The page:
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SSudan Nationals Escape Sudan Clashes

FILE - A woman carries her belongings as she flees amid fighting between the army and paramilitaries in Khartoum on April 19, 2023
FILE - A woman carries her belongings as she flees amid fighting between the army and paramilitaries in Khartoum on April 19, 2023

JUBA — The Commissioner of Renk County in South Sudan’s Upper Nile state said thousands of South Sudanese and other foreign nationals have arrived in the county fleeing the continued fighting in neighboring Sudan.

Commissioner Kak Padiet Kak said around 3,000 South Sudanese nationals and some foreigners ,who looked visibly exhausted after covering an over 500-kilometer road trip, have arrived in Renk County over the past few days.

Kak said of the arrivals, more than 100 include foreign nationals from Uganda, Kenya, among others who escaped the fighting in Khartoum.

Tough conditions

Juliana Juan, a South Sudanese national, escaped from Khartoum after witnessing heavy fighting Sudan's capital. She told VOA Monday that her journey from Khartoum to South Sudan was a nightmare.

Juan said she was in Khartoum to look after her sick aunt, and both were caught up in the fighting between the Sudan Armed Forces and the paramilitary, Rapid Support Forces.

"There is no electricity, no water, no shop open, no internet, airtime and no one was able to leave their house. There was no update on what is happening in Khartoum and we don’t even know when the fighting will stop," Juan said of her experience while in Khartoum.

Juan said she decided to escape by road through the Sudanese border town of Kosti to Renk in South Sudan.

"If you don't have the money you will not make it. When I left Khartoum, boarded the bus with $90 and when I reached Rabat I paid almost 30,000 (Sudanese pounds) then I paid another 30,000 (Sudanese pounds). I paid another 50 (Sudanese pounds) to come to Renk and the worst part is from Renk to Paloich," she said.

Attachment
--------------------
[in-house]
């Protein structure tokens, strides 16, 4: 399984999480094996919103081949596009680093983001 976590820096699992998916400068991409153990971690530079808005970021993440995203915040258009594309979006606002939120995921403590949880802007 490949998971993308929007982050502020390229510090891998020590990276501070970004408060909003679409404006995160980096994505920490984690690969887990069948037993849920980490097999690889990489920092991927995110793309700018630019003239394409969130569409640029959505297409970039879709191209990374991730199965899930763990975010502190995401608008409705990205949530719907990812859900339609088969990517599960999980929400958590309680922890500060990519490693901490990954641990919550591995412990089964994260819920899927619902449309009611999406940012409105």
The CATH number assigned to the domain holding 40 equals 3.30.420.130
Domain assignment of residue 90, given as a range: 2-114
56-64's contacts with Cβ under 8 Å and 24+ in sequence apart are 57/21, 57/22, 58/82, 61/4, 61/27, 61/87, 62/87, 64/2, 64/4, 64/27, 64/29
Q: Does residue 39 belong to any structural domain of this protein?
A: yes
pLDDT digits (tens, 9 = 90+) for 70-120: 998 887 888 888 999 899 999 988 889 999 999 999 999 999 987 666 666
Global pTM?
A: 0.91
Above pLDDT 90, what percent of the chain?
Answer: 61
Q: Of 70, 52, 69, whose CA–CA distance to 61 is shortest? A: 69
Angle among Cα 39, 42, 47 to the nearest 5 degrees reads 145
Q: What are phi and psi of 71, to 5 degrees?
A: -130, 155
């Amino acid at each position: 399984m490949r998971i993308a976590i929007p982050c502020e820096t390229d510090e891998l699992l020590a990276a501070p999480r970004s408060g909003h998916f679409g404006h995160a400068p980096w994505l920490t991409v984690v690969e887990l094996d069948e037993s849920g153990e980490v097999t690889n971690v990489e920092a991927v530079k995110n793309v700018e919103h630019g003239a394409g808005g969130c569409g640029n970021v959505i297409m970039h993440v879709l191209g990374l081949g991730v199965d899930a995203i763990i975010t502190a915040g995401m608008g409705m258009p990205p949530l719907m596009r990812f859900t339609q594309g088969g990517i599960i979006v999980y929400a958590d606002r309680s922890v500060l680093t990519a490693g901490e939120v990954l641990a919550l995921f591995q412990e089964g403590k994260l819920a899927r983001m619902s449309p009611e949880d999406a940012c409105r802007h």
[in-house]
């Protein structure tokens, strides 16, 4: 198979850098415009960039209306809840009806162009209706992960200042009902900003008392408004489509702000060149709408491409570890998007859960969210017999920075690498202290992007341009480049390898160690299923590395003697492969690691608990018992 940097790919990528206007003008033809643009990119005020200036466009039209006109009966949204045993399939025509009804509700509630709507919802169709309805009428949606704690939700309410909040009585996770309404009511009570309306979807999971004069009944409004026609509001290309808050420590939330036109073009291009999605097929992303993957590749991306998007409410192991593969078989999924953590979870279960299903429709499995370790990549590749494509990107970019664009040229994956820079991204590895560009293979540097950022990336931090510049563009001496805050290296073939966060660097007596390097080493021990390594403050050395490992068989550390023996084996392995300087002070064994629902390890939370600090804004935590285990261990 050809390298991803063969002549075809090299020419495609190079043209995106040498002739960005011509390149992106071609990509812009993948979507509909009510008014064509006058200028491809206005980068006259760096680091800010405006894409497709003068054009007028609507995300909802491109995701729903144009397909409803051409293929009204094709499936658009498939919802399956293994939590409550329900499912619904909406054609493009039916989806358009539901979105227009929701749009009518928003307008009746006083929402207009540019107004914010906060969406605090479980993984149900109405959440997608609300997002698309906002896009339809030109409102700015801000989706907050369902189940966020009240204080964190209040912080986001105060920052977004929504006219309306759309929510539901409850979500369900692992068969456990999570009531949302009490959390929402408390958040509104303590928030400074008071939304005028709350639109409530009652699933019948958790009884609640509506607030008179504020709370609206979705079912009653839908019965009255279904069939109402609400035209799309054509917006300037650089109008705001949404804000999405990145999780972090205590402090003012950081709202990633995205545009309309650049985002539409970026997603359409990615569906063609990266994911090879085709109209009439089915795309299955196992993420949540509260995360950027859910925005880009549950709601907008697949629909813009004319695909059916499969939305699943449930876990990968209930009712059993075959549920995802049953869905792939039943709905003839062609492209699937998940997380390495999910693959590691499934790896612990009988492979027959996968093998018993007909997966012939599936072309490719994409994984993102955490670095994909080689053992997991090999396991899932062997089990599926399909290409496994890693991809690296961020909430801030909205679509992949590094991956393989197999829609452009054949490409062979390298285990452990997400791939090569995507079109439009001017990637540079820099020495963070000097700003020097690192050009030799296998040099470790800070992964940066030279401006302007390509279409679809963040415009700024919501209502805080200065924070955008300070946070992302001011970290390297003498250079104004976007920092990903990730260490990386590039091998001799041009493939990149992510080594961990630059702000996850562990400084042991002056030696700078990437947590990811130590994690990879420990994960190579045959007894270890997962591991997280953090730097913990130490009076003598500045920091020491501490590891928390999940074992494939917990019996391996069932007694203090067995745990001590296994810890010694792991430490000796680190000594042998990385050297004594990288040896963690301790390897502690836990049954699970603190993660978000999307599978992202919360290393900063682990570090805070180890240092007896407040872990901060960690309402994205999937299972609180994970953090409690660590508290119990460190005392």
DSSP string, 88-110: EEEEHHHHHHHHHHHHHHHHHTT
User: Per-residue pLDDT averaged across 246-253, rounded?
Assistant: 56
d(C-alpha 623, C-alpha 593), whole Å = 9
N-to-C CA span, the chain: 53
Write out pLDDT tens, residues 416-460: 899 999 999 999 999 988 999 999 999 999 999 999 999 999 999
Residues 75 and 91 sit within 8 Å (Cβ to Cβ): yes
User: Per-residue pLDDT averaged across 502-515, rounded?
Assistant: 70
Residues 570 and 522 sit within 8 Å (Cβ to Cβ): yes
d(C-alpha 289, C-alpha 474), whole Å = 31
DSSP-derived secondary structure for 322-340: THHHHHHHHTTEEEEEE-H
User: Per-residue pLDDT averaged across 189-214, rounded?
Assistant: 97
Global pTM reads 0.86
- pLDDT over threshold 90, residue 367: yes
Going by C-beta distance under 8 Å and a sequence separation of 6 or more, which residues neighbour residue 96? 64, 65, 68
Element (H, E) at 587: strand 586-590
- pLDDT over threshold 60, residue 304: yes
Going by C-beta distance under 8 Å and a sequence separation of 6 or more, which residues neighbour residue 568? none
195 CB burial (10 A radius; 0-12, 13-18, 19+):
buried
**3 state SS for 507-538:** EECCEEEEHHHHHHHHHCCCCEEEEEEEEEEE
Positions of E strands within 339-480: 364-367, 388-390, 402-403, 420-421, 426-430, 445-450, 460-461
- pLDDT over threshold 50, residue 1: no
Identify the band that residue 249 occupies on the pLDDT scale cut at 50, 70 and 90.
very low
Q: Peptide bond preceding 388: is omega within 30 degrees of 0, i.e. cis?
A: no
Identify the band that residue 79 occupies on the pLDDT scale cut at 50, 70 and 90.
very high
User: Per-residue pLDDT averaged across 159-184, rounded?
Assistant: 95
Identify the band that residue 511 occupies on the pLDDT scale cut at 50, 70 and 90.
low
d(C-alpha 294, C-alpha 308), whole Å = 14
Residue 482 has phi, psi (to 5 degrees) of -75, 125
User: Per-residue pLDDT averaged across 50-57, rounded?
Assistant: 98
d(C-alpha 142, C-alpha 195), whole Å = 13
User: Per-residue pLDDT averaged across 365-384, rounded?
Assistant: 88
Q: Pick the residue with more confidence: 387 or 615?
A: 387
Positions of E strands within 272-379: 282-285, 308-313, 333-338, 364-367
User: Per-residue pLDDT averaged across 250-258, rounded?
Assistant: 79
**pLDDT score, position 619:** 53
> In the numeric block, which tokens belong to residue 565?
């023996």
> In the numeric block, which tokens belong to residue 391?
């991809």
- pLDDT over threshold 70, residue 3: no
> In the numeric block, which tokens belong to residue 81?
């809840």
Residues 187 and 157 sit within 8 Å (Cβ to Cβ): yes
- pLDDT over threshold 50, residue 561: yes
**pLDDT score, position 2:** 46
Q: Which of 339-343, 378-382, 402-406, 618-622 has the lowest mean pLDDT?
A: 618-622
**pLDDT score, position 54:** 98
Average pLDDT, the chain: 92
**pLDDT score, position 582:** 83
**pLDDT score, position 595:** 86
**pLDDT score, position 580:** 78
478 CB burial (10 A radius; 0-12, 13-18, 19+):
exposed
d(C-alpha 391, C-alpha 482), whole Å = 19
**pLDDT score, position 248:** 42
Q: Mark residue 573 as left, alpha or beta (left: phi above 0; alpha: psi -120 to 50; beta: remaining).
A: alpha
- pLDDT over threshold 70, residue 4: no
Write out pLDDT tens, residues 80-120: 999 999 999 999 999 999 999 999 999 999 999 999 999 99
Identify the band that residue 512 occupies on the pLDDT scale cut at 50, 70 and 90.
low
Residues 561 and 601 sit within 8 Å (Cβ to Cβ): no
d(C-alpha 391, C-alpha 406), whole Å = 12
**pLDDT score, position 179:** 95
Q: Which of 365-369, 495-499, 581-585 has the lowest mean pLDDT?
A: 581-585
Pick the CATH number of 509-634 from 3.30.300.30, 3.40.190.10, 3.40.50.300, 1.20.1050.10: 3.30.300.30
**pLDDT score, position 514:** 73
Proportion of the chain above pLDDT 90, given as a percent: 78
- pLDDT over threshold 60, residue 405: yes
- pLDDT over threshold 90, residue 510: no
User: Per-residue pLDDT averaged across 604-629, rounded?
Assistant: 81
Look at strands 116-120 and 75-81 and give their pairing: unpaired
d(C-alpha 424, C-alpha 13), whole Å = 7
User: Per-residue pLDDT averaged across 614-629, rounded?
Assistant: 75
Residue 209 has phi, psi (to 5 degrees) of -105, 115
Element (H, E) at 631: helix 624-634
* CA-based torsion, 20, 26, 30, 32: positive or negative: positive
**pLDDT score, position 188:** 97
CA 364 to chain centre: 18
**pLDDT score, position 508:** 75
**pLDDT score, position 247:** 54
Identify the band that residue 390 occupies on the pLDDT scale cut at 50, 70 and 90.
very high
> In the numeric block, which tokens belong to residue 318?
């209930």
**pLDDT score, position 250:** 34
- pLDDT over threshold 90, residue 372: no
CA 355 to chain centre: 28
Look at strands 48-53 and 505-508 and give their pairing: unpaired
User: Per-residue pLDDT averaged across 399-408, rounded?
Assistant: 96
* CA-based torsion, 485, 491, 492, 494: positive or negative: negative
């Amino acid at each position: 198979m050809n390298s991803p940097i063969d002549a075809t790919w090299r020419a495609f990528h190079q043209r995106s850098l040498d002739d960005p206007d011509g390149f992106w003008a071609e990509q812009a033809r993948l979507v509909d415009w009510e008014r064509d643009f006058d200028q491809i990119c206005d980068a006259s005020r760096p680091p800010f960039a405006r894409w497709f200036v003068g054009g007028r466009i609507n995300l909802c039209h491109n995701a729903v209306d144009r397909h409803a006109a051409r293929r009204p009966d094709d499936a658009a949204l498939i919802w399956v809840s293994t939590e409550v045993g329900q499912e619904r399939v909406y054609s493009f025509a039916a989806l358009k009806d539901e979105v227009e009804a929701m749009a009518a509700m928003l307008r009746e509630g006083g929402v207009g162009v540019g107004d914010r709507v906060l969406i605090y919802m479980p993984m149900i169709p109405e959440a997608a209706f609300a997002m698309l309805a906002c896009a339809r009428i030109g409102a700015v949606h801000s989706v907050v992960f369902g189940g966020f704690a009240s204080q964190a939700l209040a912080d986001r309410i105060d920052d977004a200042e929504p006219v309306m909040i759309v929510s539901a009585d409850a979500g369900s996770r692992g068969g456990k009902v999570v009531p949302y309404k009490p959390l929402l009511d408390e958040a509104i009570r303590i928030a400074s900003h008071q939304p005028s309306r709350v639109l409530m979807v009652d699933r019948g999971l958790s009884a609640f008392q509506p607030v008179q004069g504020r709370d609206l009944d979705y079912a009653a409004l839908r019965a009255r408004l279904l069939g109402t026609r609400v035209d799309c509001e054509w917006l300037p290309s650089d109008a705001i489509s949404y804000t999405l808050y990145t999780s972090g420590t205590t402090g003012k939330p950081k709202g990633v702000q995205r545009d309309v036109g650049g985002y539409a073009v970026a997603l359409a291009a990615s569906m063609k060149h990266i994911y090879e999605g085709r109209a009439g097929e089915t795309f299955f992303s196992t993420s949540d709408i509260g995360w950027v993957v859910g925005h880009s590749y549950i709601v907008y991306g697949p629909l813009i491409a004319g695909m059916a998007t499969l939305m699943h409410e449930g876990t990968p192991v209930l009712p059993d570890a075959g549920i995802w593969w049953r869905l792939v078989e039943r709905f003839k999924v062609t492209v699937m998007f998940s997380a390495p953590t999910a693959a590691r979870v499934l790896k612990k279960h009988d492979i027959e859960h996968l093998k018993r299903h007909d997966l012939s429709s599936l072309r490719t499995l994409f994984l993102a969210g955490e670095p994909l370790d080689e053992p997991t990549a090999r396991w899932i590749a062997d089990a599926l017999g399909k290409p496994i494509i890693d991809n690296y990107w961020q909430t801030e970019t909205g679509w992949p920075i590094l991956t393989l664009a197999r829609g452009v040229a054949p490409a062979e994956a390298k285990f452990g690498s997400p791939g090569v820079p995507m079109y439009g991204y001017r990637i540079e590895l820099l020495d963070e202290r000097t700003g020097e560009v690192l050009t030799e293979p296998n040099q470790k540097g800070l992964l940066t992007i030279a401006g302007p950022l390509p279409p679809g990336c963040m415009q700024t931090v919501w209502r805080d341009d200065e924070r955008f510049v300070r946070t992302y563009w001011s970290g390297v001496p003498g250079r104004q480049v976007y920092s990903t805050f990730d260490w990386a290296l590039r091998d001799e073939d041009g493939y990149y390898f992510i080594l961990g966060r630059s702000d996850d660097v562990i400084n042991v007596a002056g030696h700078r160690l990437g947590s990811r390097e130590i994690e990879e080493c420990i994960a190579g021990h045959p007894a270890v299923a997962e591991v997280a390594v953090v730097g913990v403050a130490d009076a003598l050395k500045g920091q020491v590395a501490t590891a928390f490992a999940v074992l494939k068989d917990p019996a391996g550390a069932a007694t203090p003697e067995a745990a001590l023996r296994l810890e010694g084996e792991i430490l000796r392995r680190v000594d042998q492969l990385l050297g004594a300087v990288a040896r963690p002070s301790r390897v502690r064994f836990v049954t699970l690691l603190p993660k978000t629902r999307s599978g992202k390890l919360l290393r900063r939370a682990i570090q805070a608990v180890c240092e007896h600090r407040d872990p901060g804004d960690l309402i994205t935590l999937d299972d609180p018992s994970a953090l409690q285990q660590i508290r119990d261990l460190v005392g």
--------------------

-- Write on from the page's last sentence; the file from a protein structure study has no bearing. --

Juan said the journey was expensive, long and tiresome, adding there are many South Sudanese who could not complete the trip from Khartoum.

Renk's commissioner, Kak Padiet Kak, told VOA most of the South Sudanese and refugees now in the country are coming from various locations and the number is likely to increase in the coming days. He said most of the refugees who made it through the long journey from Khartoum to Renk are in bad shape.

"Women and children are the majority, there were few men only. They are tired, exhausted and thirsty. I don't want to request either food or money or anything else but I need fuel to transport these people because if we transport them inside Renk they will find food to eat. We need fuel," Kak said.

Humanitarian response

Chairperson of South Sudan Relief and Rehabilitation Commission Manase Lomole Waya said his office has plans for South Sudanese escaping the fighting in Khartoum.

"We have got three lorries that are based in Ruweng, they will go to crossing point at Joda and bring people to Renk. We don’t have enough money for fuel but UNHCR has offered to give us some fuel to help in the transportation of our citizens," Waya said.

Waya says his office is engaging some humanitarian agencies including the WFP to provide assistance to South Sudanese nationals who are returning from Sudan.

VOA reporters Deng Ghai Deng and Viola Elias contributed to this report.